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I want to use LaTex to write equations faster and if it is possible to export the result as a png or jpg so that it can be used on a website.

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10 Answers 10

Wikipedia (and its opensource wiki engine) uses LaTeX for that, maybe there are some resources available (at least in the code, as it is opensource).

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Your question is very broad. You could start with Amazon's List of Latex Books.

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You might want to investigate the StackExchange site mathoverflow.net solution - you can read about here. It uses jsMath which supports a lot of LaTeX syntax.

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Assuming you already know a little LateX and your primary goal is to get images, a good high-level tool is mathTeX; there are even public servers that will convert to images for you.

If you want to do everything yourself, all the tools use dvipng at bottom.

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I like both MathBin.net and Roger's Online Equation Editor. The latter lets you control the quality of the output. See also this question.

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try this: http://hausheer.osola.com/latex2png

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Here is a small symbol reference for LaTeX. If you are looking for something more as a general introduction, you can look at "The Not So Short Introduction To LaTeX2e". If you use Inkscape, there is built in support for rendering LaTeX and there are also extensions that do the same. You can read some commentary about it here. There are also things like LaTeX to HTML converters; However, at the time I was looking at them, they were somewhat limited in what formulas they could display.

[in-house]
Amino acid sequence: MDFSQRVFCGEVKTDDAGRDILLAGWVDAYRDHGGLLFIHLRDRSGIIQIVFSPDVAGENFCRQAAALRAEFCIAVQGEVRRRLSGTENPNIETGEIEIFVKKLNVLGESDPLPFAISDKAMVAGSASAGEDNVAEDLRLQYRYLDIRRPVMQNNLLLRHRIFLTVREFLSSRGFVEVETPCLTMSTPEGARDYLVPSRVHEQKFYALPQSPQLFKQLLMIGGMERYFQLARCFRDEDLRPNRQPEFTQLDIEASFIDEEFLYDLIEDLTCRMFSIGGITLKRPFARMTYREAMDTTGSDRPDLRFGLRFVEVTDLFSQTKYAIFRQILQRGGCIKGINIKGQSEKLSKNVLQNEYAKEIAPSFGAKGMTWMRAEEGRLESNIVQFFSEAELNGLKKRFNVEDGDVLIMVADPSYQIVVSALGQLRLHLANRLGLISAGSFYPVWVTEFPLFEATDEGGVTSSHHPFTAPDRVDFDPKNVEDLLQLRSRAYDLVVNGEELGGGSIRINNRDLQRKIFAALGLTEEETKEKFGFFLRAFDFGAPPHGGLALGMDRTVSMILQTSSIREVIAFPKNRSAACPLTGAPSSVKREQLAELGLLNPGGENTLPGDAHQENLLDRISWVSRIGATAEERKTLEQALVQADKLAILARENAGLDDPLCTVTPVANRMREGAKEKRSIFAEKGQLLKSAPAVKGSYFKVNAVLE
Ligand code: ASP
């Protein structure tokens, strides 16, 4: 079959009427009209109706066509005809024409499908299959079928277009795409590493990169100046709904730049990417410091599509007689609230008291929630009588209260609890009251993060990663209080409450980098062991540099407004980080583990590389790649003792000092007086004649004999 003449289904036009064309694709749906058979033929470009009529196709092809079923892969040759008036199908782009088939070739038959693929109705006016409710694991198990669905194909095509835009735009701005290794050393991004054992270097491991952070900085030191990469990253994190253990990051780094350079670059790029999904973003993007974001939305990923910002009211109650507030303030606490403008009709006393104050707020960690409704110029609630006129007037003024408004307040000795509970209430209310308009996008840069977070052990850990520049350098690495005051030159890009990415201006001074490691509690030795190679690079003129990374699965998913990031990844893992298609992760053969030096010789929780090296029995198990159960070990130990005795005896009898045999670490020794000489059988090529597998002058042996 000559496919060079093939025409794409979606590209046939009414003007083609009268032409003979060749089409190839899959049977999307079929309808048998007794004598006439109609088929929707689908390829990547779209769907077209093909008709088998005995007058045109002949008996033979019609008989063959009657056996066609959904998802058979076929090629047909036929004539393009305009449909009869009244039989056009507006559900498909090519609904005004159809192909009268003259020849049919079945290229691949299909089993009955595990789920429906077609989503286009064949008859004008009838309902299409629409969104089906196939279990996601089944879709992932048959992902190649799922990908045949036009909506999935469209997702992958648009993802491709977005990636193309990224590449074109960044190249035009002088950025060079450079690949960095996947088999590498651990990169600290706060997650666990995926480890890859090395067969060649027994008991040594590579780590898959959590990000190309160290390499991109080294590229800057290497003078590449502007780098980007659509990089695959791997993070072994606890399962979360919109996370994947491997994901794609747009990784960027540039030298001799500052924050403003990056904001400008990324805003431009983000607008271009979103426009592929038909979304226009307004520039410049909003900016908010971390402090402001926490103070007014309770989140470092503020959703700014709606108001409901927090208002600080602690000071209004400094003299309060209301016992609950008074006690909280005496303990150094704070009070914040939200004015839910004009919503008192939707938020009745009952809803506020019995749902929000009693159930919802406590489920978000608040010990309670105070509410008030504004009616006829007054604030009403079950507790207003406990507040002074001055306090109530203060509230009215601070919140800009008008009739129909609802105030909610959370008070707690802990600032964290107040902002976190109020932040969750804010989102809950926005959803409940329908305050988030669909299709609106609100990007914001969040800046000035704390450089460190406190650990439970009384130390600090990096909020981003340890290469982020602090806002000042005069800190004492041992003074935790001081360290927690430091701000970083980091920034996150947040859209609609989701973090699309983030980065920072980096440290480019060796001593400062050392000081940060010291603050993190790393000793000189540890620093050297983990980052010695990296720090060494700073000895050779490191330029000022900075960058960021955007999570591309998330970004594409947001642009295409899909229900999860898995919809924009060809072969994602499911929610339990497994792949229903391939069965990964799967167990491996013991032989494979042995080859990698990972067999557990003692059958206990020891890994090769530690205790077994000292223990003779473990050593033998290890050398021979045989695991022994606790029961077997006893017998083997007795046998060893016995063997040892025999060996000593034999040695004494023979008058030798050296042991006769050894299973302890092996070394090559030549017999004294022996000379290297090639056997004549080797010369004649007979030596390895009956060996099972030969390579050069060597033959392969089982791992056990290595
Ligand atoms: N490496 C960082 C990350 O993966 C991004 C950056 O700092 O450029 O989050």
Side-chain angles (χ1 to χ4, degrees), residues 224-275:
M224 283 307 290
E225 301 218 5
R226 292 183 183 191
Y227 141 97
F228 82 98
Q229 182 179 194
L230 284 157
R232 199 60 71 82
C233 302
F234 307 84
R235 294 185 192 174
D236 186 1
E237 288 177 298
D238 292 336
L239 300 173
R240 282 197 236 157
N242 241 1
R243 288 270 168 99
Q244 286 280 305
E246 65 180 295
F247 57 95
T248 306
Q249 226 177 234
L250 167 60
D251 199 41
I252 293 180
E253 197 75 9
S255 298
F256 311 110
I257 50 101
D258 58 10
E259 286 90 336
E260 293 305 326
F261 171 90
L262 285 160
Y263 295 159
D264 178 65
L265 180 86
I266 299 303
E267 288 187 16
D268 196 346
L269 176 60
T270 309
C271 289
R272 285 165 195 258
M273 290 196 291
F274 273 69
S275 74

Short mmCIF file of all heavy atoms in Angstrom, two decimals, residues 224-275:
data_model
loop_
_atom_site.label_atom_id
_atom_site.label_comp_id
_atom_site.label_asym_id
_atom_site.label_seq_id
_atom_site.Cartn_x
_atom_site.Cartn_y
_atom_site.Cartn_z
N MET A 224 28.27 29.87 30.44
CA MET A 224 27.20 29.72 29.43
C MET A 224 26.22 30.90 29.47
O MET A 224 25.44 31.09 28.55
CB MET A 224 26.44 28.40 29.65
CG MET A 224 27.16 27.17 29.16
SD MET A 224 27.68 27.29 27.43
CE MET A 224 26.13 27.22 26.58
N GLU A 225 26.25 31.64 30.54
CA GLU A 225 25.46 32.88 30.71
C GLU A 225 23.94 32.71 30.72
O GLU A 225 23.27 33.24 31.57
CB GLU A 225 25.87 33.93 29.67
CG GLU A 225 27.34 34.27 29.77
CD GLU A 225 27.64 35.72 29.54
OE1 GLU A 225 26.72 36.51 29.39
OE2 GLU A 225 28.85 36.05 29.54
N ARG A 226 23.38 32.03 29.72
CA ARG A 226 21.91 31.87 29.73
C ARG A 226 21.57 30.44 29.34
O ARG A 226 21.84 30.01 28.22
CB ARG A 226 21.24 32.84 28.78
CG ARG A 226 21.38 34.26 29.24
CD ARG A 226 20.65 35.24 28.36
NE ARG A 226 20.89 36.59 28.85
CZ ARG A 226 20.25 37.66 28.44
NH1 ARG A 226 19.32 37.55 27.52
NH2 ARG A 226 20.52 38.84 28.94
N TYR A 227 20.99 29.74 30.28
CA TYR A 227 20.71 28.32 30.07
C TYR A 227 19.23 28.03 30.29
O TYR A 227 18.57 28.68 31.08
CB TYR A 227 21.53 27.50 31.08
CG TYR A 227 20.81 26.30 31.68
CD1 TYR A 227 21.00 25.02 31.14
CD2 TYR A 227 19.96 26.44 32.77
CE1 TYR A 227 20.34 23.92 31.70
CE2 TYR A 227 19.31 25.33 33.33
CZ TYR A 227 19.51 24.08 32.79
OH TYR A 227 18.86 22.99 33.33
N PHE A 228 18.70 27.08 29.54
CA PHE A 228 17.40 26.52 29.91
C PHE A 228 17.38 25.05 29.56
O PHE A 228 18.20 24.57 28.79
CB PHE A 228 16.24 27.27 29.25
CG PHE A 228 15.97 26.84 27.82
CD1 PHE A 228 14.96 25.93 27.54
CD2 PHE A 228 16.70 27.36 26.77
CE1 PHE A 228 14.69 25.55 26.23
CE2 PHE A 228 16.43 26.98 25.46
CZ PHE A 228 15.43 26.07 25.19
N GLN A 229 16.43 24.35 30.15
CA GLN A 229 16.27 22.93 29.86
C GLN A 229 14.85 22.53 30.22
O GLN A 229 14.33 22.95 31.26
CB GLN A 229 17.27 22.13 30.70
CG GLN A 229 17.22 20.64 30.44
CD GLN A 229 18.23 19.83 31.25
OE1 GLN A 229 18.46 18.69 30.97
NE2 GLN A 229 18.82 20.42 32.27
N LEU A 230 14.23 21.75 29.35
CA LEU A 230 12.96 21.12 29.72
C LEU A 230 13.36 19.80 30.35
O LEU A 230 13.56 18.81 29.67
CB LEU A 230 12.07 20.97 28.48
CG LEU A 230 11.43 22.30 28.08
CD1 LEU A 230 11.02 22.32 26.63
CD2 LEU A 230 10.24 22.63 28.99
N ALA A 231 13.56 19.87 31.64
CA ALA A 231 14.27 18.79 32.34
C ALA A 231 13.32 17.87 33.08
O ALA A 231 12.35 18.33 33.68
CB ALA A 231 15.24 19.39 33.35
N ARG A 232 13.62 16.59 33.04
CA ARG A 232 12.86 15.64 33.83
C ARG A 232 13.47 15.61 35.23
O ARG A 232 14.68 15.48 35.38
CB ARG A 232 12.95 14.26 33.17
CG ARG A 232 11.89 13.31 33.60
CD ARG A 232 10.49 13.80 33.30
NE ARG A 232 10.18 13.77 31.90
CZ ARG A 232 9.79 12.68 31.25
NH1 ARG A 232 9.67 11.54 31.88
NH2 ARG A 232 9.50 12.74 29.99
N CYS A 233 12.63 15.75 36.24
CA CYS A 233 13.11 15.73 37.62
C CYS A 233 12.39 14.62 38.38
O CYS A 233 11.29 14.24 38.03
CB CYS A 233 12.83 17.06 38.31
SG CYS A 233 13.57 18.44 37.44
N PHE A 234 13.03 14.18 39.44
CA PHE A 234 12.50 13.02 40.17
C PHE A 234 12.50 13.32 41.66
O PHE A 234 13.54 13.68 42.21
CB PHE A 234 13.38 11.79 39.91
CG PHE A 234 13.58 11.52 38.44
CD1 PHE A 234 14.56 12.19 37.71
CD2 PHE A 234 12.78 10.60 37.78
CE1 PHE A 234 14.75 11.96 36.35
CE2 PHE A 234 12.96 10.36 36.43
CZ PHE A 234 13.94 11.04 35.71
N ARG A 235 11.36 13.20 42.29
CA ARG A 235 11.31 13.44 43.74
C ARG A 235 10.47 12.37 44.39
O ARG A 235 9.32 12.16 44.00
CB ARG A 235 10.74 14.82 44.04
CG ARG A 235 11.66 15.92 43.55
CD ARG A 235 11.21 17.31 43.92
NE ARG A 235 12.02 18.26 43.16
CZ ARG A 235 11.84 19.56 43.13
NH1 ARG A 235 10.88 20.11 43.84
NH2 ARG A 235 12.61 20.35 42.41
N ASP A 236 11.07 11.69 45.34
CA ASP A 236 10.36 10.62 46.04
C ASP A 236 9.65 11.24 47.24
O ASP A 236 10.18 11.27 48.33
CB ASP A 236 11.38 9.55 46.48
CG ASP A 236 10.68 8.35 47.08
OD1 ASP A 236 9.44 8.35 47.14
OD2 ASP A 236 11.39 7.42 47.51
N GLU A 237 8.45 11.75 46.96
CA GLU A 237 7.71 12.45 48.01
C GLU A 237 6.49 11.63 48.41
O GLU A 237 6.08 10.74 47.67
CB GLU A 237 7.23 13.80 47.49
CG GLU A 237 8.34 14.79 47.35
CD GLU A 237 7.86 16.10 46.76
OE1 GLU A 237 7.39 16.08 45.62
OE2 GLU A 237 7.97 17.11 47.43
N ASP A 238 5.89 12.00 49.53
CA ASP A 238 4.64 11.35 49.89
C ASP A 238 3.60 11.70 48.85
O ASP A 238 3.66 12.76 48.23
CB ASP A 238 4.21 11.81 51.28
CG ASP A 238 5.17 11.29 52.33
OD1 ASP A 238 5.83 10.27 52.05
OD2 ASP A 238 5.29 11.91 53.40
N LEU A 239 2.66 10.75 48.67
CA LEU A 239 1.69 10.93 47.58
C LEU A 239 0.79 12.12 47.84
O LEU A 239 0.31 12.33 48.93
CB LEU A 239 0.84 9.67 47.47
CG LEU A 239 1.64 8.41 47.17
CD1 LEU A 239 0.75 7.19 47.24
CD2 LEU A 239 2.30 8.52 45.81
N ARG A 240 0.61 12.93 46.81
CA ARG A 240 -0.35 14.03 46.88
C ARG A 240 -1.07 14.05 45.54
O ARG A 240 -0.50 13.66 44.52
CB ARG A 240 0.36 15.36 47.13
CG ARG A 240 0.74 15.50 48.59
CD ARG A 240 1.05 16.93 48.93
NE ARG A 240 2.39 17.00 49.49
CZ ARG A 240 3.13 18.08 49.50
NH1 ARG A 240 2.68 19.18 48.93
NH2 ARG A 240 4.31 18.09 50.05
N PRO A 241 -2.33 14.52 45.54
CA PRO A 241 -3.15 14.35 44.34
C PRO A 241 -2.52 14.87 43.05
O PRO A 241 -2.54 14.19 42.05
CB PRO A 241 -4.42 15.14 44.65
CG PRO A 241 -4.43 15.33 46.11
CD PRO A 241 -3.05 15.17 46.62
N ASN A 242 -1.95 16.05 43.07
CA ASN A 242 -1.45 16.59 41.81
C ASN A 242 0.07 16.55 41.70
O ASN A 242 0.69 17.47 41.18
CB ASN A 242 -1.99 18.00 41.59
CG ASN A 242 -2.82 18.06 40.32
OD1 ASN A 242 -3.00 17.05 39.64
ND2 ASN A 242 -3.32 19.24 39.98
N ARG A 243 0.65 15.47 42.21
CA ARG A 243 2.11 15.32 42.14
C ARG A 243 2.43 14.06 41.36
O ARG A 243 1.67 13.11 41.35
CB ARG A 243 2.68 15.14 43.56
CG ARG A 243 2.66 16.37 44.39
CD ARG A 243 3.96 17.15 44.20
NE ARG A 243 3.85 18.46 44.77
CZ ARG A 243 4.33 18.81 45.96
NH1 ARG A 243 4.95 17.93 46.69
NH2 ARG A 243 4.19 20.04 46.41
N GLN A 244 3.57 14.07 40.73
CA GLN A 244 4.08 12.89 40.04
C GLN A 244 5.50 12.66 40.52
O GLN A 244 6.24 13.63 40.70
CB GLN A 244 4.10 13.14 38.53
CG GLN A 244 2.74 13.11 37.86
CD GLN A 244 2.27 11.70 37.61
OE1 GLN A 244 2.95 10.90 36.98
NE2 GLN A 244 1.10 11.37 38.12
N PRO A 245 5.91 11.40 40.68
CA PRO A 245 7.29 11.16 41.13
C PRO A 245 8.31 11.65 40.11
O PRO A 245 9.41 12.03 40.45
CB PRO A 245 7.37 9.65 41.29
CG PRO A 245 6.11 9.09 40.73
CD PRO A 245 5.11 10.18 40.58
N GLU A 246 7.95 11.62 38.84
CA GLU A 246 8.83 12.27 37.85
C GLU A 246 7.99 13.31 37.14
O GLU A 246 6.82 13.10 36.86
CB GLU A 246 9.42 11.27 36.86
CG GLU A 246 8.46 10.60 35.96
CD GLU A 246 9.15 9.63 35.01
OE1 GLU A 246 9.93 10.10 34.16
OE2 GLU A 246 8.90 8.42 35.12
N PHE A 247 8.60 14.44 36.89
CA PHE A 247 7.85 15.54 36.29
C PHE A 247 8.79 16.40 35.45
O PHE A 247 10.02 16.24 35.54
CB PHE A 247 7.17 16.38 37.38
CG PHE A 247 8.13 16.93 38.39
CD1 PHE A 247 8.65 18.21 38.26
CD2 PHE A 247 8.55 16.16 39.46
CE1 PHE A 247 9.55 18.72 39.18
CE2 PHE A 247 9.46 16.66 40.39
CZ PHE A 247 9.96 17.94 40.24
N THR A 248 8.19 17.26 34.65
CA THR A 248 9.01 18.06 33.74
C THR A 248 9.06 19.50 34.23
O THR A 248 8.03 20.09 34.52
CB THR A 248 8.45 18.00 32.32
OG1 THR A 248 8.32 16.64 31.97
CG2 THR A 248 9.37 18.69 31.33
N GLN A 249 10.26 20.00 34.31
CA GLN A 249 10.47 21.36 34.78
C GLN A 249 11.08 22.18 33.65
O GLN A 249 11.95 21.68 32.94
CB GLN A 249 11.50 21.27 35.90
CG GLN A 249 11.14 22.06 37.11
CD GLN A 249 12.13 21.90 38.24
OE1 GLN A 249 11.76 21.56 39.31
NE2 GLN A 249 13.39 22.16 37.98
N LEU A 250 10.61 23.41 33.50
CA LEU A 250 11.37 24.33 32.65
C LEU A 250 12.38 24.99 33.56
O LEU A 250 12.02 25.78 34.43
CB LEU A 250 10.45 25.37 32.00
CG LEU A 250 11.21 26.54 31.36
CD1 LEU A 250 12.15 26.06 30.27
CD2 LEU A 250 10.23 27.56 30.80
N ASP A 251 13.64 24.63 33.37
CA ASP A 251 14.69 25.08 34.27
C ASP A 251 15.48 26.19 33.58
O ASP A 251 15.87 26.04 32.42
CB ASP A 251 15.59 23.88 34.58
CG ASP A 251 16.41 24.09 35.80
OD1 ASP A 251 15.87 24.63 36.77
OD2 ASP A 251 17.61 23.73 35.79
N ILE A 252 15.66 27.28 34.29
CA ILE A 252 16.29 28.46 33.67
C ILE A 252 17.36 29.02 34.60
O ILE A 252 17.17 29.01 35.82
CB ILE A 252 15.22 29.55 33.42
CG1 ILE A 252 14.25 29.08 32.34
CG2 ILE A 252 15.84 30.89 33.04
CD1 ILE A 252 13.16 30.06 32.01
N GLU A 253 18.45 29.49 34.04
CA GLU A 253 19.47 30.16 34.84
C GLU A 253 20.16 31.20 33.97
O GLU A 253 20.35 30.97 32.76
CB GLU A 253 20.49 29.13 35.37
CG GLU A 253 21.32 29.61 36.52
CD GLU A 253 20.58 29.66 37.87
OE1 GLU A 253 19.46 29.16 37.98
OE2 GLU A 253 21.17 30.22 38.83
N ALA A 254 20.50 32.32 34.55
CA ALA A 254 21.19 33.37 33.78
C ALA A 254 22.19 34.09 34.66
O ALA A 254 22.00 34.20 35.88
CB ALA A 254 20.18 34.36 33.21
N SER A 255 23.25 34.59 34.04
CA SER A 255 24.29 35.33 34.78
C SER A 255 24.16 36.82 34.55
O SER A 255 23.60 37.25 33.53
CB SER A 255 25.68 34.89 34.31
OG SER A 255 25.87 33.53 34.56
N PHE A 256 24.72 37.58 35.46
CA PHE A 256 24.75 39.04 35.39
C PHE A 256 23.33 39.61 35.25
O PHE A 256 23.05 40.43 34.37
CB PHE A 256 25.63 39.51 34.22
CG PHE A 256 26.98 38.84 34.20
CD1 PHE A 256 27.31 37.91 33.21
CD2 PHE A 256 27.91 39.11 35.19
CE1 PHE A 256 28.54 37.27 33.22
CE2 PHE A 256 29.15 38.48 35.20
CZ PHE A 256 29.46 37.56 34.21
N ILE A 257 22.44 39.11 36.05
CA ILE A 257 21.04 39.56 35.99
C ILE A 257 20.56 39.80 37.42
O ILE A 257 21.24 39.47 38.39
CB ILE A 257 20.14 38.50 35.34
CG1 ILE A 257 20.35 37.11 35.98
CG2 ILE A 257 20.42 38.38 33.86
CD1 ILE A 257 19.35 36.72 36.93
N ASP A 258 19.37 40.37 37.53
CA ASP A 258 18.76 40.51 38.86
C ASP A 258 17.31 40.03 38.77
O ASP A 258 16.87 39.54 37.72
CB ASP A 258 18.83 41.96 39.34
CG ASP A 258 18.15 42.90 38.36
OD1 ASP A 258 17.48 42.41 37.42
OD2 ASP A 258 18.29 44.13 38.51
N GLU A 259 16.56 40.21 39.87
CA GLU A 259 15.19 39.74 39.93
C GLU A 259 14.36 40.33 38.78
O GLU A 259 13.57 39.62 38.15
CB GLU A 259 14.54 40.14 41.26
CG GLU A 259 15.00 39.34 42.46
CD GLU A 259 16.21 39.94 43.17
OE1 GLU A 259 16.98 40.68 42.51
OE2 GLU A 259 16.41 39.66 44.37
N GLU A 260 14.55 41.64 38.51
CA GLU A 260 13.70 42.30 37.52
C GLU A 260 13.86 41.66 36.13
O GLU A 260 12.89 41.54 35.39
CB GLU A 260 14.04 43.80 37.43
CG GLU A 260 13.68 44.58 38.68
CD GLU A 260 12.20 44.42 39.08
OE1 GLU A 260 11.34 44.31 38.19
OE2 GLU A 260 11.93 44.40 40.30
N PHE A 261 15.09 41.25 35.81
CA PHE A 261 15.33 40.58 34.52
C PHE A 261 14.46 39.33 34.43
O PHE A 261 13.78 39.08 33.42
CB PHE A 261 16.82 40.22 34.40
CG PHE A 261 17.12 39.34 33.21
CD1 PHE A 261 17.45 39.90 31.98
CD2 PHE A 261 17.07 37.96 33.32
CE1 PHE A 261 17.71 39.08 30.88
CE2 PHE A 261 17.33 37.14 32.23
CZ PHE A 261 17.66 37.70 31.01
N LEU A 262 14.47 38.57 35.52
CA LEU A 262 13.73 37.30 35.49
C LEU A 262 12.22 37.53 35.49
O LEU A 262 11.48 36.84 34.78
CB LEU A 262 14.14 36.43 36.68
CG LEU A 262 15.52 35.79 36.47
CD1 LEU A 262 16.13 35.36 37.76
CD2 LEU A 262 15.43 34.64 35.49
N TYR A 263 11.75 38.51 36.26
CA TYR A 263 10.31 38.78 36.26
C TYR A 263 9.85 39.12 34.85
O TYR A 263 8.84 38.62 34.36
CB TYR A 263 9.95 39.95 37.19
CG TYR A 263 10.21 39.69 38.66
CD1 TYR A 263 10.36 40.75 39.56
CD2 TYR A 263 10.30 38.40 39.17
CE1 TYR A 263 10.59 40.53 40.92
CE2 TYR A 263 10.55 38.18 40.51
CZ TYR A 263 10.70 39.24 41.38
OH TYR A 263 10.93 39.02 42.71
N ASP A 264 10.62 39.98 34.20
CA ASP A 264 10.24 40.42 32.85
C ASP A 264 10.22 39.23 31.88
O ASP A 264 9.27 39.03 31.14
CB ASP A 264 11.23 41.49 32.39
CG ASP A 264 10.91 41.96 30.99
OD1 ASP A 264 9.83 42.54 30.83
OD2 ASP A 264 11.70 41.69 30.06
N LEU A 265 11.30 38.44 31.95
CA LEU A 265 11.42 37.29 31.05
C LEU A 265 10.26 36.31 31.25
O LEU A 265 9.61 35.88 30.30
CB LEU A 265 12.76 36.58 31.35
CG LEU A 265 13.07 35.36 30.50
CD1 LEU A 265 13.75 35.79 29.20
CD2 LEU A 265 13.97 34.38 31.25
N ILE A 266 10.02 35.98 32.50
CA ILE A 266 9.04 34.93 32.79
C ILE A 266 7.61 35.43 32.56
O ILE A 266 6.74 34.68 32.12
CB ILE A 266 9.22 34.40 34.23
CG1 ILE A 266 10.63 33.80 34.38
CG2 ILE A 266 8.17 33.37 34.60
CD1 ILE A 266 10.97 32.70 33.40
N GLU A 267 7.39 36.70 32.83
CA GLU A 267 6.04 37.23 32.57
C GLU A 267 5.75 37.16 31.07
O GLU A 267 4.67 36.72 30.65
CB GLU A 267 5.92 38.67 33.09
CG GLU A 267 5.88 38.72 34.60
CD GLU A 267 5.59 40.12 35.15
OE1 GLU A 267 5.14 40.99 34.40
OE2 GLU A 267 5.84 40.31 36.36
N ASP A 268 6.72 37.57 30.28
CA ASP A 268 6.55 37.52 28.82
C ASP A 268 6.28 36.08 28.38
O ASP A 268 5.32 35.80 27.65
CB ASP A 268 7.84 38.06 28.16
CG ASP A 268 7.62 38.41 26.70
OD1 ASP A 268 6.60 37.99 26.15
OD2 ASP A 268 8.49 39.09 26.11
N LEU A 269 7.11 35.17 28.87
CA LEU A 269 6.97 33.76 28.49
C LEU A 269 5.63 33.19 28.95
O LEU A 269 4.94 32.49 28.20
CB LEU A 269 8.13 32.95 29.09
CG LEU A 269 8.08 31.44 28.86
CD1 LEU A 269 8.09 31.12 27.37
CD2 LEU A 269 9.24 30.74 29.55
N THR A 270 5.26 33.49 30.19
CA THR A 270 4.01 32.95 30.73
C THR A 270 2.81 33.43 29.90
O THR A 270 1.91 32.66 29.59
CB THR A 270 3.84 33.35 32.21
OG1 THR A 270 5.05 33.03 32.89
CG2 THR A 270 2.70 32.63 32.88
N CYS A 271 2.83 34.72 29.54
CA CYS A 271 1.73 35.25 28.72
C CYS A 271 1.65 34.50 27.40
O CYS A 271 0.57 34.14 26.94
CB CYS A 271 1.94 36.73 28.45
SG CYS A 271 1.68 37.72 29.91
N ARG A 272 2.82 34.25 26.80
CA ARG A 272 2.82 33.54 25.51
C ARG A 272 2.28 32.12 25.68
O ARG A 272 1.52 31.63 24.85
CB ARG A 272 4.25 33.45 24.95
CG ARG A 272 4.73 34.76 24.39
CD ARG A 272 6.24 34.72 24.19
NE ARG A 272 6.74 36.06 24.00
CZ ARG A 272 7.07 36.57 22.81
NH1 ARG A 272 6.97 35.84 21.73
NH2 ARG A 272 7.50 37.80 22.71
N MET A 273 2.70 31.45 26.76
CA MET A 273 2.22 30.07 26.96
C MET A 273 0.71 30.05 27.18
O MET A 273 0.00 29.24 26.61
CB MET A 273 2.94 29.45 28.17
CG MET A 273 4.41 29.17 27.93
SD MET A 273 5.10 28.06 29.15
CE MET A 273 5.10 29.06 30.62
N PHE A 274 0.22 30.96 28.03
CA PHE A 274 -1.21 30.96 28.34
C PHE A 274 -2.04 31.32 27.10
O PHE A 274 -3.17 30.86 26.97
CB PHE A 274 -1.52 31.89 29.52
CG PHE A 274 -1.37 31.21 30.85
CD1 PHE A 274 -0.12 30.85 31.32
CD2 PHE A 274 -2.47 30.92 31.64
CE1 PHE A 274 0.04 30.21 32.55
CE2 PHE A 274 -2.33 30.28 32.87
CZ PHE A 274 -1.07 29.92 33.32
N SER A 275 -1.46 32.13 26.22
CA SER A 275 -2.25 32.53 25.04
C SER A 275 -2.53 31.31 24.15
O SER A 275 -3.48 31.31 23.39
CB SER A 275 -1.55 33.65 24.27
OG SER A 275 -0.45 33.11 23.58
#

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I taught myself LaTeX using the wikibook. It's fairly comprehensive as an initial guide. I've since bought The LaTeX Companion, which is a more advanced guide to in depth typesetting in LaTeX

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I use http://www.artofproblemsolving.com/LaTeX/AoPS_L_TeXer.php when I need a quick equation for a web site.

There are packages that will automatically produce images from LaTeX source, but these are often either buggy or used incorrectly. Many people install them on their blogs, for example, and the images show up if you visit the blog directly but they don't show up if you view the page via a blog reader. I'm not saying these problems can't be fixed. They can, but it often takes a few tries.

I prefer just to make a gif and stick it in the page. It's low tech and reliable.

One more tip: it's a good idea to put the LaTeX source in the alt tag of the image. This helps people using screen readers. It helps you too if you need to modify the equation later.

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Detextify is a great site that lets you draw a symbol, and it will pop up a list of latex commands that may match your drawing. It's quite accurate! http://detexify.kirelabs.org/classify.html

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